Few sectors of American life were left untouched by the Sept. 11 attacks in New York and Washington, D.C.; the painting industry did not number among them.
Six union painters and one con-tractor, all members of New York District Council 9, were killed in the attacks. They were Julio Fernandez, 51; Robert Campbell, 25; Theodoros Pigis, 60; Efrain Romero, 57; Norbert Szurkowski, 31; Derrick Green, 45; and Tom Hughes, 46. Several of the victims had been working on the roof of the north tower of the World Trade Center, while others were working elsewhere in the complex. Two of the painters were working for a PDCA member, Fine Painting and Decorating Inc. of Roselle, NL at the time of the tragedy. Fernandez was able to exit the building after the attacks, but was killed by falling debris. Hughes had been the owner of Colonial Arts Decorating in New York City. Only two of the bodies have been recovered.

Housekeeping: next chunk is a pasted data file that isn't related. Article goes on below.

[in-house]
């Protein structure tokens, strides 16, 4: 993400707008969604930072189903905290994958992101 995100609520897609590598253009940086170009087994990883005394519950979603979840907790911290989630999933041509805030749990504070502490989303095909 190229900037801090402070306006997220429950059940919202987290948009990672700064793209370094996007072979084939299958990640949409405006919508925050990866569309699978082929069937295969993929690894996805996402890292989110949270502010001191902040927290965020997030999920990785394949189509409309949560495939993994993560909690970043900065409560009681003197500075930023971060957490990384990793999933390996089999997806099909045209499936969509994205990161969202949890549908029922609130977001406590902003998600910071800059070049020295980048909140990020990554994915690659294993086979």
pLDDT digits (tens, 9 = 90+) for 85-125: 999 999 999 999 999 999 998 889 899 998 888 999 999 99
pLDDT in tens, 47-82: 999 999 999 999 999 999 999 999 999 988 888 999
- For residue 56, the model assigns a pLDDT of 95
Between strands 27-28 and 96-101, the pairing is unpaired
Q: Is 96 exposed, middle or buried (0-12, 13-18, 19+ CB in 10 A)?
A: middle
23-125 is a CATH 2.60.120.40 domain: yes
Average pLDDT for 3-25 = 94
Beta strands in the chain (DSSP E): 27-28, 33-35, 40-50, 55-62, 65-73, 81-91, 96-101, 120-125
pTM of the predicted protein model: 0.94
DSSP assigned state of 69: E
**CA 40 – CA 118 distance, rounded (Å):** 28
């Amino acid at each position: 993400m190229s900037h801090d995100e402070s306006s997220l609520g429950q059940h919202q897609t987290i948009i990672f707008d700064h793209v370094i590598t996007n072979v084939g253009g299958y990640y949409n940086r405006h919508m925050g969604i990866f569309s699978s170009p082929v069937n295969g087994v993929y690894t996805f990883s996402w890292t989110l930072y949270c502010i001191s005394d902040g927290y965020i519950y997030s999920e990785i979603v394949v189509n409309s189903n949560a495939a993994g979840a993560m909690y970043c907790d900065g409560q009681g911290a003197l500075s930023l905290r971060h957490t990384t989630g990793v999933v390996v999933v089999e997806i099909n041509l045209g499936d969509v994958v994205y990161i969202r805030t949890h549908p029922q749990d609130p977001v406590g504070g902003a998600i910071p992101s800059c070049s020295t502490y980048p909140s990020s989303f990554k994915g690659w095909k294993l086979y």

In response, the PDCA Education Foundation was authorized by its trustees to ask for and receive tax-deductible contributions from members and non-members. One hundred percent of the donations to the Foundation will be distributed directly to the families of the seven victims. Checks should be made payable to the PDCA Education Foundation, and sent to PDCA at 3913 Old Lee Hwy., Second Floor, Fairfax, VA 22030. Executive Vice President Randall Scott also cited New York City's Association of Master Painters, particularly Al Gettler, and New York State Council Executive Director Tony Kozak for their efforts in this regard. Numerous paint and equipment manufacturers have also contributed-or continue to contribute to the relief efforts, usually without fanfare or publicizing their donations. Some even had a more direct experience of the events of Sept. 11: Following the crash of one of the four doomed airliners in western Pennsylvania, PPG Industries ordered the evacuation of its high-profile headquarters building in downtown Pittsburgh, less than 100 miles from the crash site. Employees of the New Jersey-based Muralo Co., across the Hudson River from Manhattan, witnessed the collapse of the World Trade Center from the company parking lot. Muralo later donated hundreds of plastic paint containers to the cleanup effort at the site. Also helping with the cleanup, pressure washer manufacturer Alto U.S. Inc. sent two truckloads of rider sweepers and scrubbers, pressure washers, and vacuums from its service branch in Carlstadt, NJ. The 3M Co. donated 65,000 respirators and other services.